Although British-born composer Anna Clyne has written a number of works in her 33 years (her first composition was at age 11), she is still at the beginning of a promising career. Now calling the United States home, Clyne received the 2010 Tony Frankel's Stage and Cinema music feature Los Angeles Chamber Orchestra Concertos Finale.Charles Ives Prize and has served as composer-in-residence with the Chicago Symphony Orchestra. LACO will present Within Her Arms, which Clyne composed in 2009 for her mother. The title comes from a line in a Thich Nhat Hanh poem, an elegy for a lost loved one whose presence can be sensed in nature’s beauty. Although she has worked with electro-acoustic forces, Clyne’s Within Her Arms is scored for 15 strings which smoothly intermingle with electronics. The affecting and ruminative work is at times soulful, tender, yearning and mournful, with dramatic but fleeting moments.

Beethoven’s extremely volcanic and occasionally pastoral Coriolan Overture (1807) was written for an 1804 play by Heinrich von Collin, whose subject — the Roman general Gaius Marcius Coriolanus – also inspired that Shakespeare guy. With Tony Frankel's Stage and Cinema music feature Los Angeles Chamber Orchestra Concertos Finale.blaring chords and theatrical pauses, the approximately ten-minute work is Beethoven at his most darkly dramatic. The minor theme you will hear at the top embodies Coriolanus and his bellicose desire for war with Rome after his exile. In contrast, the major theme that represents Coriolanus’ mother, who persuades her son against invasion, is much softer. You will notice the storytelling when the first theme returns with far less aggression, and Beethoven moves towards silence to signify defeat and bereavement. Notice how those brash chords at the onset become just an echo at the end, diminishing into nothing.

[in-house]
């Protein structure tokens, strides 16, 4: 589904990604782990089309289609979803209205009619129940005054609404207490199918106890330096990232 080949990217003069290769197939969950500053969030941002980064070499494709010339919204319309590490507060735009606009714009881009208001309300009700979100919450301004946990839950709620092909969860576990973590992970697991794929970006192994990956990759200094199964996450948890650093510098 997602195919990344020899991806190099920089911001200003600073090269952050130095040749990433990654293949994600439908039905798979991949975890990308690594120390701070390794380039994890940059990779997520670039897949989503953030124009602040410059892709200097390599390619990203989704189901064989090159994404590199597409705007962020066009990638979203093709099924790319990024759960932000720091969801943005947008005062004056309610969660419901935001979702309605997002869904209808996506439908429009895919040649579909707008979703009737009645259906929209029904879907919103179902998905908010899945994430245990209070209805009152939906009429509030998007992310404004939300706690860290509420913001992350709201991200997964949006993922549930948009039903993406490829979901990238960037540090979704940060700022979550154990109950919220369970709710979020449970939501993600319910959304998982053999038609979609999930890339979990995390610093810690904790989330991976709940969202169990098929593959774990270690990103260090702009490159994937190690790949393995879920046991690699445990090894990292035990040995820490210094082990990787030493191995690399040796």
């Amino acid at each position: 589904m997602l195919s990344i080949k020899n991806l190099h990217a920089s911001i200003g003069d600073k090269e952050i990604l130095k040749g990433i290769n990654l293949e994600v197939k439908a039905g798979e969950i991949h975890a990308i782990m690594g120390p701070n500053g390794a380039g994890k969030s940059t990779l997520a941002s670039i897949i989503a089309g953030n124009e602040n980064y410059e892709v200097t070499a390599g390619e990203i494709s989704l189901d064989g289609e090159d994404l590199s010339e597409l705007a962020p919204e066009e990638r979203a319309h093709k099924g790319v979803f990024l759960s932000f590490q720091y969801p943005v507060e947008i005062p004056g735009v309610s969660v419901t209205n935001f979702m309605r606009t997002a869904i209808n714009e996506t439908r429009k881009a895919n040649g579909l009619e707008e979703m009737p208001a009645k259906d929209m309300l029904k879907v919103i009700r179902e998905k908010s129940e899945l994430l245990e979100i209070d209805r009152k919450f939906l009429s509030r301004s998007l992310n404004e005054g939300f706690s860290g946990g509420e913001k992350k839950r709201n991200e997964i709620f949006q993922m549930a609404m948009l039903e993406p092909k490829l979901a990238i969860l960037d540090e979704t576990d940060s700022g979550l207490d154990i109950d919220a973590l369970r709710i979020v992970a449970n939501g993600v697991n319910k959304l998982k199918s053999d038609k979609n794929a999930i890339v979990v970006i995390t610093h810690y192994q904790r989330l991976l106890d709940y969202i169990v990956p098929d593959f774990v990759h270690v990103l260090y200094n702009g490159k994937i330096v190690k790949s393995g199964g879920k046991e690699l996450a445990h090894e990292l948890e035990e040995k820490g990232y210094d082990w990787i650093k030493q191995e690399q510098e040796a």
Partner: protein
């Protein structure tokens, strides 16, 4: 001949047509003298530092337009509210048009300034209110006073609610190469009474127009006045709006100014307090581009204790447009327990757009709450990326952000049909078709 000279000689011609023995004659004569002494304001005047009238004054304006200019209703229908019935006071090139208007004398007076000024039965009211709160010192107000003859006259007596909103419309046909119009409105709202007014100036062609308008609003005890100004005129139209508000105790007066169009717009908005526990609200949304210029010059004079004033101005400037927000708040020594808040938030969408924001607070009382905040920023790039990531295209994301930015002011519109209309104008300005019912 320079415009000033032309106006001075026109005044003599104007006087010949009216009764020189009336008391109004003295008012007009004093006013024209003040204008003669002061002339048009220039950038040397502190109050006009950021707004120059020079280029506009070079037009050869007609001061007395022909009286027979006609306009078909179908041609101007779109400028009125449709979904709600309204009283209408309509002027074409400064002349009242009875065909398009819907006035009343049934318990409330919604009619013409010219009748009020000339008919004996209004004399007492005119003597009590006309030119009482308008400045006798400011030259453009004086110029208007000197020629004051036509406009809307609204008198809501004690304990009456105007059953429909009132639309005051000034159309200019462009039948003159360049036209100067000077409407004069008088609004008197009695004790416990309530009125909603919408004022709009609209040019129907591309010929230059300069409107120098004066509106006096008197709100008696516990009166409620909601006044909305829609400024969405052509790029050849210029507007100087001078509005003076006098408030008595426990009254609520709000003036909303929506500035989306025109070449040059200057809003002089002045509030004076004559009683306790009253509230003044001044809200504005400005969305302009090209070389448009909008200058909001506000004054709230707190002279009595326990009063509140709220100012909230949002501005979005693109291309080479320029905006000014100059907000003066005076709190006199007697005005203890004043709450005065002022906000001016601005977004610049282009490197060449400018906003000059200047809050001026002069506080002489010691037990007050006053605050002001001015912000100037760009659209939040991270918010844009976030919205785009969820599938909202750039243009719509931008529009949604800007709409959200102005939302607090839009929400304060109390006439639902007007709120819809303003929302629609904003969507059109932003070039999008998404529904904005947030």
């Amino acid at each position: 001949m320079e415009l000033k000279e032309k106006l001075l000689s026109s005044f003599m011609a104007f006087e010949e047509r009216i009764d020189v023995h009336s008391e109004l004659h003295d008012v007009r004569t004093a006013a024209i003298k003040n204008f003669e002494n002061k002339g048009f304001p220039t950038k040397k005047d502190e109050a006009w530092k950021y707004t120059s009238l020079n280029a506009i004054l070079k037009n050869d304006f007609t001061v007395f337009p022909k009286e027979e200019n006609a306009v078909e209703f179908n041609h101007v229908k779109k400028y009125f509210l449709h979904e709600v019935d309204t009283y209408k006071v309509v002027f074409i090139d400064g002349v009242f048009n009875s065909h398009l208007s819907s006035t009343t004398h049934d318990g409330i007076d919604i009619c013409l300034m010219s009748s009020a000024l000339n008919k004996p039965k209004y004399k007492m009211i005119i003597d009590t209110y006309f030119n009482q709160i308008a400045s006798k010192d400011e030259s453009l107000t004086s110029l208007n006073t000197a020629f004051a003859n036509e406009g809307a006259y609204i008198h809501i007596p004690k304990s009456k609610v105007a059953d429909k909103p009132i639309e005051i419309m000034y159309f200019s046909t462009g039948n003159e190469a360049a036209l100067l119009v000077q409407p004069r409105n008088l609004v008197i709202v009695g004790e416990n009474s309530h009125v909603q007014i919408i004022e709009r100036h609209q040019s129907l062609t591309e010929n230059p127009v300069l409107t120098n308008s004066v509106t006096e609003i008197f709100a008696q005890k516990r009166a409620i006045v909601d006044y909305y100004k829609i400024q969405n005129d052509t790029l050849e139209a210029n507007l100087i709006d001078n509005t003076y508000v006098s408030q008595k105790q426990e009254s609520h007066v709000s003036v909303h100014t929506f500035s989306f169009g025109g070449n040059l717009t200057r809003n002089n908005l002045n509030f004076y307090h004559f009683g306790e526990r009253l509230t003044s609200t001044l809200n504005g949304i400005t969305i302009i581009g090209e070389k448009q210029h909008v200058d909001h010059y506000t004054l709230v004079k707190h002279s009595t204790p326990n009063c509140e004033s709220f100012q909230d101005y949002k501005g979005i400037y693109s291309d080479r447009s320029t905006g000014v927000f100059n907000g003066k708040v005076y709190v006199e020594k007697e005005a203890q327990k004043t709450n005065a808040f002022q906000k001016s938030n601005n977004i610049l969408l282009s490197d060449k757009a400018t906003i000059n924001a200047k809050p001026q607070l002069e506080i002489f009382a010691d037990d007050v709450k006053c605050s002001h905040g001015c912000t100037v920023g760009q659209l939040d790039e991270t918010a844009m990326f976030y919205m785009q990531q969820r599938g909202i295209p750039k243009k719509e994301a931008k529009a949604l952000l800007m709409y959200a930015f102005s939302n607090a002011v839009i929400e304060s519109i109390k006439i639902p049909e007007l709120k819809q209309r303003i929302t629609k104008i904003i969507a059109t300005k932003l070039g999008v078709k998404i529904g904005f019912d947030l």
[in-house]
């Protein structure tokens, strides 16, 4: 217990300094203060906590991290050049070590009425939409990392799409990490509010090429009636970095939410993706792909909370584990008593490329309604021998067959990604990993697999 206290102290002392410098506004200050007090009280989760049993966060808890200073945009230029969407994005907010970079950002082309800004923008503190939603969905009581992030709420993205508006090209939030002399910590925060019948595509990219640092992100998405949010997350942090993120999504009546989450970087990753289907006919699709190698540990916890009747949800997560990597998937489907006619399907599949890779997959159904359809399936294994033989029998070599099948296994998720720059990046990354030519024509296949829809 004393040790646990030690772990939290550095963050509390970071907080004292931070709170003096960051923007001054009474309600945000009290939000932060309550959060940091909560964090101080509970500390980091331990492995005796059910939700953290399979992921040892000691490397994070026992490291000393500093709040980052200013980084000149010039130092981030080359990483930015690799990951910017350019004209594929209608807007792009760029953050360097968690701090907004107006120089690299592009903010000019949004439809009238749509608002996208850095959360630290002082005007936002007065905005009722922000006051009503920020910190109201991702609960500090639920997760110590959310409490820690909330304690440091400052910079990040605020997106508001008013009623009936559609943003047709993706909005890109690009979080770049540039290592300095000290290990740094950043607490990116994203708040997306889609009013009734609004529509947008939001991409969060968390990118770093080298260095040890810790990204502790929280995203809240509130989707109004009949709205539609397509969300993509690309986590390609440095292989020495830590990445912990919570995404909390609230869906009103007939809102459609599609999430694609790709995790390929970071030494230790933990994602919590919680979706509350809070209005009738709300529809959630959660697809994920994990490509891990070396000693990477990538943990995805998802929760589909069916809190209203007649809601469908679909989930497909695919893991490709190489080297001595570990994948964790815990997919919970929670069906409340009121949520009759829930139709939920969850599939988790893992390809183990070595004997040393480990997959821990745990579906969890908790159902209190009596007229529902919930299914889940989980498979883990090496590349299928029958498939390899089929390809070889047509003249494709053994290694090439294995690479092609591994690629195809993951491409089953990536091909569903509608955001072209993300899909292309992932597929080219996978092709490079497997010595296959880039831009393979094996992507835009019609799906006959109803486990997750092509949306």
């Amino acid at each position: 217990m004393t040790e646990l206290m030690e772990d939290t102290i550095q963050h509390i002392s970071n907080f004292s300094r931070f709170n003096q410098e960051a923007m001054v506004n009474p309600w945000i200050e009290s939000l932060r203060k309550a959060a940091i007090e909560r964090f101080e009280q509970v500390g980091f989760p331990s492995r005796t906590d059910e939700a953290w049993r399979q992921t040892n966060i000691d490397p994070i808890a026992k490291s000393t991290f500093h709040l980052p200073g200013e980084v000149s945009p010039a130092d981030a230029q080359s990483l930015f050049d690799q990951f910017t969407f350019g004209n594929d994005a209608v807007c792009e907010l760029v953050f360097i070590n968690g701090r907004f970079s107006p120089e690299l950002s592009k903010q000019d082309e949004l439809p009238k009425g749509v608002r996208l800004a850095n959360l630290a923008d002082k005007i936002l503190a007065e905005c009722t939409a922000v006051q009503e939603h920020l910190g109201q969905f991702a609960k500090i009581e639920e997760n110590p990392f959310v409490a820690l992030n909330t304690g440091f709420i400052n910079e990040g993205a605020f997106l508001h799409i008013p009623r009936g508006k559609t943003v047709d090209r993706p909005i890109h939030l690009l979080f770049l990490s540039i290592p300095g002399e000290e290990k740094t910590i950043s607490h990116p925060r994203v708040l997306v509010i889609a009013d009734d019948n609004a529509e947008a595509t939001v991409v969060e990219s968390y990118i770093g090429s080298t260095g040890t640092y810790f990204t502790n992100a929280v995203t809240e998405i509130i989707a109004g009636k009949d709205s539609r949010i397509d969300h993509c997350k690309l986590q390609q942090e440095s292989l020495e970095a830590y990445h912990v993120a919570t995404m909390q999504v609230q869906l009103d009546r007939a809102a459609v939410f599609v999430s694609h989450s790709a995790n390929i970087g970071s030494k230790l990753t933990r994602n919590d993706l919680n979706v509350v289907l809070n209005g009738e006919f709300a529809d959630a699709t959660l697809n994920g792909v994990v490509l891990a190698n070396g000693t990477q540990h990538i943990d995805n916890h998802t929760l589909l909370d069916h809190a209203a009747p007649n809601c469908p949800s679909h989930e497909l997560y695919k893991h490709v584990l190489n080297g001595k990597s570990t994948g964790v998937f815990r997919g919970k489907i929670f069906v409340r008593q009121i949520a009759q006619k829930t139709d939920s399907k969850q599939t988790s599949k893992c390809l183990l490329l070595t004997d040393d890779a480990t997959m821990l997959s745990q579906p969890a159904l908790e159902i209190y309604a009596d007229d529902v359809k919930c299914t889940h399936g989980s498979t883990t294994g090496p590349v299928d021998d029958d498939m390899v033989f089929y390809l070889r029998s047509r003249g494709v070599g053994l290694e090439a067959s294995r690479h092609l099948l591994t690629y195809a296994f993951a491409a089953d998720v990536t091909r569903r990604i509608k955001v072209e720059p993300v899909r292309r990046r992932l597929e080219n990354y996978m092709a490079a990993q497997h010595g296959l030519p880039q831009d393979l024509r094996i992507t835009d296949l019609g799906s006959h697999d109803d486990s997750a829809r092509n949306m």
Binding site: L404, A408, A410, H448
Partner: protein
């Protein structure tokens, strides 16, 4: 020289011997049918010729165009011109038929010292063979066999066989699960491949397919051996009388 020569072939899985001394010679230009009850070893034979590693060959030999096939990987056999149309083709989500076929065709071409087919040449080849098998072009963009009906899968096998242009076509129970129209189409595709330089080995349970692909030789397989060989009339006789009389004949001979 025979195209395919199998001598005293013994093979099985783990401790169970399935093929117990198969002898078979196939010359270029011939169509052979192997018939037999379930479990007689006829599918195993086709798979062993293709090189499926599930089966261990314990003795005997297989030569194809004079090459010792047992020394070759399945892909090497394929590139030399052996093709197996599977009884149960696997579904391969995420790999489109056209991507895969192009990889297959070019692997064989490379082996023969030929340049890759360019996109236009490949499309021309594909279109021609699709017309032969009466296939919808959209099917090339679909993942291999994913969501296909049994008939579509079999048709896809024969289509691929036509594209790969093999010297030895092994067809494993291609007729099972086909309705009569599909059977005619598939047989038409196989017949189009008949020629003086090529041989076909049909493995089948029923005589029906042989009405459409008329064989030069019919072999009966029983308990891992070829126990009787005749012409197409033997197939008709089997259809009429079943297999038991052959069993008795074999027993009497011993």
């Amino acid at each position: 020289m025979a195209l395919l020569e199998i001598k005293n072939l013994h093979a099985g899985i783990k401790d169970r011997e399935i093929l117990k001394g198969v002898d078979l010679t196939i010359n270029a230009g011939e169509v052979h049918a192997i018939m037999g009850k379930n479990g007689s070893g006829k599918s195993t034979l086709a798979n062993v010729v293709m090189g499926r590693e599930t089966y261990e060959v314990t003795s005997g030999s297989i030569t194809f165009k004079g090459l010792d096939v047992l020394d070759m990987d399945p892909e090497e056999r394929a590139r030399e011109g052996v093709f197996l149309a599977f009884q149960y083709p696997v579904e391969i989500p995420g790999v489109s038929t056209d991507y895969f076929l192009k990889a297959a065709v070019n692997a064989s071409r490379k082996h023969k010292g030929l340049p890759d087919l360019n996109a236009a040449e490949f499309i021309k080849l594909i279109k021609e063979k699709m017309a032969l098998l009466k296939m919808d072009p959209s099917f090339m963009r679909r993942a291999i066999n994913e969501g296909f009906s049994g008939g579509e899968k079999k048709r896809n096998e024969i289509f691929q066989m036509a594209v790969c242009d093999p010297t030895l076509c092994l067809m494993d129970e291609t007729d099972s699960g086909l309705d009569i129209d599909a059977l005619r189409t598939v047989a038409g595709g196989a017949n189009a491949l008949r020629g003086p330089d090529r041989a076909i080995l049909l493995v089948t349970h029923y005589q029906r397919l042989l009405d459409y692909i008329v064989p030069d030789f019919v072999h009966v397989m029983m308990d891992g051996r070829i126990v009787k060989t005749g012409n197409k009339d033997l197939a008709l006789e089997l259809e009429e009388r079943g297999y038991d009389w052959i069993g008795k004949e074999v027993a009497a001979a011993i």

Although there is no story that I know of connected to Dmitri Shostakovich’s 1959 Cello Concerto No. 1 in E-flat major, you wouldn’t know it from the soaring melodies, marches, occasional creepiness, and the suspenseful and dramatic way that instruments respond to each other. Don’t be surprised if the music sounds Tony Frankel's Stage and Cinema music feature Los Angeles Chamber Orchestra Concertos Finale.filmic, as he composed dozens of cinema scores. The fascinating construction makes this a fun piece to research for music theorists, but know that this work is incredibly challenging for the soloist, especially the cadenza, which in this Concerto is its own movement (Shostakovich claimed inspiration from Prokofiev’s Sinfonia Concertante, another infamously demanding work for cello). The piece was written for celebrated cellist Mstislav Rostropovich, who is said to have memorized the difficult part in just four days (see Rostropovich perform it here). One of the most exciting aspects of LACO’s upcoming program is the inclusion of the phenomenal American cellist Alisa Weilerstein, who has attracted attention worldwide for playing that combines a natural virtuosic command and technical precision with impassioned musicianship. You are definitely promised a tour de force performance from this MacArthur “Genius” Grant recipient.

Los Angeles Chamber Orchestra: Concerto Finale
Program:
BEETHOVEN / Coriolan Overture, Op. 62
HUGO GONZALEZ-PIOLI / The Love of Zero
ANNA CLYNE / Within Her Arms
SHOSTAKOVICH / Cello Concerto No. 1 in E-flat major, Op. 107

Saturday, May 18, 2013, 8 pm, Alex Theatre
216 North Brand Boulevard, Glendale CA  91203
Sunday, May 19, 2013, 7pm Royce Hall, UCLA
340 Royce Drive, Los Angeles, CA  90095
for tickets, call 213 622 7001 or visit http://www.laco.org

Comments on this entry are closed.